The Ethiopian Calendar Like the Gregorian calendar, the Ethiopian calendar is based on the solar system. Based upon the ancient Coptic Calendar, the Ethiopian Calendar is seven to eight years behind the Gregorian Calendar, owing to alternate calculations in determining the date of the annunciation of the birth of Jesus. They are based on evaluations by Numista users and sales realized on Internet platforms. This date corresponds to the Old-Style Julian Calendar; therefore, the start of the year has been transferred forward in the currently used Gregorian Calendar to September 11th or 12th in the year just before the Julian leap year. Archived from on August 19, 2013. The first year after an Ethiopian leap year is named the John year, and is followed by the Matthew year and then the Mark year.
In addition, it can be used to manage appointments with reminders. However, it falls on September 12 in years before the Gregorian leap year. The App also has a view to navigate to any date and to view dates both in Ethiopian and Gregorian calendars date conversions. The missile missed and the airplane was unharmed. This deviation between the Julian and the Gregorian Calendar will increase with the passing of the time.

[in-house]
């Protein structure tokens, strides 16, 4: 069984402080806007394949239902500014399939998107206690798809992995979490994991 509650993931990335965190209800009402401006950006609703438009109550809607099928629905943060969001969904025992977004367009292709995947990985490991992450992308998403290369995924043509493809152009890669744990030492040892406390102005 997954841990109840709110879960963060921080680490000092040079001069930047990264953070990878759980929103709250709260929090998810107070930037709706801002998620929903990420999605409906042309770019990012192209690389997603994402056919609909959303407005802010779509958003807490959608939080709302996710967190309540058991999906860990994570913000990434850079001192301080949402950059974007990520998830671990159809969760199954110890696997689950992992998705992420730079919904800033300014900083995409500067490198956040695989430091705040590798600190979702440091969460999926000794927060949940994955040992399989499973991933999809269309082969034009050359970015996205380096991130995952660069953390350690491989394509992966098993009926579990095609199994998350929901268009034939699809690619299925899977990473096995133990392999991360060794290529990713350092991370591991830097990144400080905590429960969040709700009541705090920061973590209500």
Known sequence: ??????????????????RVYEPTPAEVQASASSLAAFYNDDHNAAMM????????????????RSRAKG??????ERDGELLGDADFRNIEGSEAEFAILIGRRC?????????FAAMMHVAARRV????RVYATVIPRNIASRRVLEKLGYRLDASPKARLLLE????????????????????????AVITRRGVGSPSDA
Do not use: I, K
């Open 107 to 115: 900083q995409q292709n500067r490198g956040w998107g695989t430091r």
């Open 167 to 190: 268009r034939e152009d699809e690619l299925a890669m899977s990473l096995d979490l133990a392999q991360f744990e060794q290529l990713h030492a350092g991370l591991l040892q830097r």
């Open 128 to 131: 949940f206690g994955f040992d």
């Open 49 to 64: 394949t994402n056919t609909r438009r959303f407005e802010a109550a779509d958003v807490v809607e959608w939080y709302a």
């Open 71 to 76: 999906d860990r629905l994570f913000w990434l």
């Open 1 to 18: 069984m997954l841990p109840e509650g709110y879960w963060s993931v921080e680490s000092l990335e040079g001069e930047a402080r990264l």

Shortly afterward, the in start after increased racial tension. The calendar system starts with the idea that Adam and Eve lived in the Garden of Eden for seven years before they were expelled for their sins. It is the first time a manned reusable spacecraft has returned from orbit. The Ethiopic calendar differs from both the Coptic and the Julian calendars. Australian-born, he has designed coins for countries around the world, and became especially well known as London-based designer of gold and silver collector's items in the 1970s and 80s.
As the Gregorian year 2000 is a leap year, the current correspondence lasts two centuries instead. The names of the months and their starting dates are as follows: Egyptian Ethiopian Start Date regular Start Date leap year Thuout Meskerem 11 Sept 12 Sept Paopi Tikemet 11 Oct 12 Oct Athor Hidar 10 Nov 11 Nov Khoiak Tahesas 10 Dec 11 Dec Tobi Tir 9 Jan 10 Jan Mekhir Yekatit 8 Feb 9 Feb Fameno or Baramhat Megabit 10 Mar - Farmou or Baramouda Miyaza 9 Apr - Pakhon Ginbot 9 May - Paony Sene 8 Jun - Epep Hamle 8 Jul - Mesori Nehase 7 Aug - Nasie Pagume 6 Sep - The Coptic New Year is a holiday in Ethiopia. There will be a slight difference in the case of a leap year. The start of the Ethiopian year Feast of El-Nayrouz falls on August 29th or 30th in the year just before the Julian leap year. Like in the Julian calendar, a leap year in the Ethiopian calendar happens every 4 years without exception. This difference between the two calendars is due to the two different calculations of the birth date of Jesus Christ.
The Europa World Year Book 1991. The difference in the two calendars is because alternate calculations are used in determining this date. In spite of this, the Ethiopic Calendar is closely associated with the rules and the different calculations influenced by the Coptic Church and the Ethiopian Orthodox Tewahido Church. London: Europa Publications Ltd, p. The relationship between the dates is bidirectional, that is to say, it can be read both ways, from left to right and from right to left.